Very few anglers have been out because of the rain, wind and snow! Those heading out for the opening day of gun season are reminded to take along a fishing pole. This is the time of year where you can hunt early then target steelhead and whitefish in the evening. Late fall and early winter can offer some prime fishing on the inland lakes as well.
With the salmon runs winding down, anglers are now turning their attention to the fall steelhead run. Fish are being caught however it will take a good amount of rain over the next several weeks to ensure a good fall run. This is a great time of year to fish the inland lakes as the fish tend to go on a feeding frenzy before winter arrives
Cold and windy weather hampered fishing efforts and lowered angler participation which means fewer updates for the weekly report. Salmon runs are nearing their peak in some waters on the west side of the state. Anglers are once again reminded that snagging is illegal. It is unlawful to snag or retain any fish not legally hooked in the mouth.
Improved weather should make it easier for anglers to get out on the Great Lakes. As we move further into fall anglers will start to see some of the last opportunities to get out and fish the big water. Inland, the rivers are producing trout and salmon however some areas are experiencing a much slower return so far.
Cooler temperatures did move salmon in closer to shore and into some of the major river systems especially on the west side of the state. Another warm up and thunderstorms by the weekend will most likely slow catch rates. Anglers are reminded that the season to take snapping turtles and softshell turtles closed on September 15th.
Summer is a great time to target panfish (bluegill, pumpkinseed, sunfish) – in fact, all year is a great time to target them!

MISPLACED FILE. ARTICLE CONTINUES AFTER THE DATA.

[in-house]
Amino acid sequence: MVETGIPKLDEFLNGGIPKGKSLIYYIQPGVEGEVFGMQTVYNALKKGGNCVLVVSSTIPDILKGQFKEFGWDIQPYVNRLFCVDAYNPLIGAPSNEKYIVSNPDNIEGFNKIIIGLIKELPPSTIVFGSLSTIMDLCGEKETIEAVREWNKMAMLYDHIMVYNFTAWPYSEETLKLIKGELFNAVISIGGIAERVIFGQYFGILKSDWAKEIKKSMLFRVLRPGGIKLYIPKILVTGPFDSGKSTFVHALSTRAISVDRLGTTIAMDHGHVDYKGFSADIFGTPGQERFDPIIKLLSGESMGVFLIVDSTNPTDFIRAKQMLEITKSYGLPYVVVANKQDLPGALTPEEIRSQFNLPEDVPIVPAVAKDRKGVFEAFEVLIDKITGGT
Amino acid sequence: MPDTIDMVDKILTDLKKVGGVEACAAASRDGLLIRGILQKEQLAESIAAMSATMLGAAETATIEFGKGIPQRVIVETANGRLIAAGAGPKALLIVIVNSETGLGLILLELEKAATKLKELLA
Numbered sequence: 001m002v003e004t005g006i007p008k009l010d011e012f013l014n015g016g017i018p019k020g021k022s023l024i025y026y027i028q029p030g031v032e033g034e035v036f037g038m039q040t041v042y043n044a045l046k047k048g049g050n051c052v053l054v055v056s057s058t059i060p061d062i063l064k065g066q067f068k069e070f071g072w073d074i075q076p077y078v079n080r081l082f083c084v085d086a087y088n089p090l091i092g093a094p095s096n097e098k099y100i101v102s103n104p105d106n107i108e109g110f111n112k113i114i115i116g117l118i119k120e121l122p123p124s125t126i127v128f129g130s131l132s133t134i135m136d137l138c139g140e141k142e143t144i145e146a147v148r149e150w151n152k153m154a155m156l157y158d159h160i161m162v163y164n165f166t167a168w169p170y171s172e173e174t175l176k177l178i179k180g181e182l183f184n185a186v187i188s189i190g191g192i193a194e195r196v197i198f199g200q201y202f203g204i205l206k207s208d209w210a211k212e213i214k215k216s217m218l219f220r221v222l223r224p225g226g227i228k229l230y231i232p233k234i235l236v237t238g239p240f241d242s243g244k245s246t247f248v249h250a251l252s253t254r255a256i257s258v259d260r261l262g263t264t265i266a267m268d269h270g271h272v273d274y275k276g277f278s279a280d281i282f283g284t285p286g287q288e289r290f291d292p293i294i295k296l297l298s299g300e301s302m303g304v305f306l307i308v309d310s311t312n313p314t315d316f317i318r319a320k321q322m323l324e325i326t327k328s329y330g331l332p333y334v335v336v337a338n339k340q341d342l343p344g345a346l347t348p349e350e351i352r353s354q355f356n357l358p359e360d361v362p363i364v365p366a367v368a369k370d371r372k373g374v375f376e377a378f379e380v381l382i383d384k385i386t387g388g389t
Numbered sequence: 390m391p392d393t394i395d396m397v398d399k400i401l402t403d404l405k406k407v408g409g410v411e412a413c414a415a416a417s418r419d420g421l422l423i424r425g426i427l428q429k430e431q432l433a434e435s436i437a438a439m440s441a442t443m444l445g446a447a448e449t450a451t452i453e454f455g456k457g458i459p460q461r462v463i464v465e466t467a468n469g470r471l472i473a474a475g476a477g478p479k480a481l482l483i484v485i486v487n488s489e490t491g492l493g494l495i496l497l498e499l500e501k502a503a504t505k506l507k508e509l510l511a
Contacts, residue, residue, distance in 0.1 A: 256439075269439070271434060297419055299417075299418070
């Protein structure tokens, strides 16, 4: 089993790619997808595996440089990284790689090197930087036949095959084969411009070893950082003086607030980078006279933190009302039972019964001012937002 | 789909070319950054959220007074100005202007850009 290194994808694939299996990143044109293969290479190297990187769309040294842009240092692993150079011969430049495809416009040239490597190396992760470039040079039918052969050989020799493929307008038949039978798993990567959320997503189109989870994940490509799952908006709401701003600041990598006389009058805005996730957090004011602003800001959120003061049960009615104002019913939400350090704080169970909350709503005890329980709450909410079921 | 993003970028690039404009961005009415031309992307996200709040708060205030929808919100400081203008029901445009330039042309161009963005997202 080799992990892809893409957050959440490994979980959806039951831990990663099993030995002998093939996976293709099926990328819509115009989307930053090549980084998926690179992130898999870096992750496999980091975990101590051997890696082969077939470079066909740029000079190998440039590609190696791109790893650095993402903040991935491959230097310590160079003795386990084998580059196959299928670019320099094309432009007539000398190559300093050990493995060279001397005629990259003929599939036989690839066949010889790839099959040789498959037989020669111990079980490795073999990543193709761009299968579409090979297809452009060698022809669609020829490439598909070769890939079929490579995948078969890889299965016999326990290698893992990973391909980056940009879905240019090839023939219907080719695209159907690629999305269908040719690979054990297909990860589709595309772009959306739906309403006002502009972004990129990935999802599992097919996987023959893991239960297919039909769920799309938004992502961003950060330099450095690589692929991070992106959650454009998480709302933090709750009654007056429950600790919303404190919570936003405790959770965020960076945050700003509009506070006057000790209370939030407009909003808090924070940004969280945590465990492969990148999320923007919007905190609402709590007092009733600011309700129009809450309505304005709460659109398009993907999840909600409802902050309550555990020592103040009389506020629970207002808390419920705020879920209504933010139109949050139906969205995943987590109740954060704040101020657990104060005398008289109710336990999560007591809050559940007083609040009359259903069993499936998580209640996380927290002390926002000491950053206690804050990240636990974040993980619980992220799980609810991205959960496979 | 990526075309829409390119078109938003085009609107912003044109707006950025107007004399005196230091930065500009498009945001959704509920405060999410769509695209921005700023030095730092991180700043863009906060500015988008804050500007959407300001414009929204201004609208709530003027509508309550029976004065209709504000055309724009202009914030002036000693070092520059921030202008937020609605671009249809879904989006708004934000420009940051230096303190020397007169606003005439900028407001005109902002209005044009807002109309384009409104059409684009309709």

This species is an especially good target for beginning anglers, if you know how to choose the right equipment. Check out our new video below that provides an explanation of the simple tackle you’ll need to catch lots of panfish in Michigan!
As Michigan’s inland lakes warm up in mid to late summer, knowledge of a water body’s temperature stratification becomes helpful for fishing. Seasonal temperature influences in lakes form different zones, and as a result, different temperature ranges and oxygen levels are associated with these layers. Knowledge of these layers or zones can lead to increased angling success.
Most anglers targeting walleye know that catching them in the spring is much easier than catching them during the warmer summertime months. In most Michigan lakes walleye in the summer typically seek cooler, deeper and darker waters while typically feeding in the shallow waters only at night. Because of some physiological properties of walleye, their sensitivity to bright light typically results in avoidance of shallow waters during day light periods.
In many of Michigan’s lakes walleye can be a rather elusive sport fish, making the quest for their tasty fillets difficult at times throughout the year.
Walleyes are predators that eat a wide range of small baitfish like yellow perch and various minnows, which logically has many anglers targeting these fish with minnows and crank baits. However, walleye also feed on aquatic insects when they are available and using crawlers on crawler harnesses can be an effective technique for working towards a limit.
Lake St. Clair Weather
- Temperature: 75 °F
- Wind: S (170°), 8.1 mph
- Visibility: 10 mi
Sun, 05/24/2015 - 14:55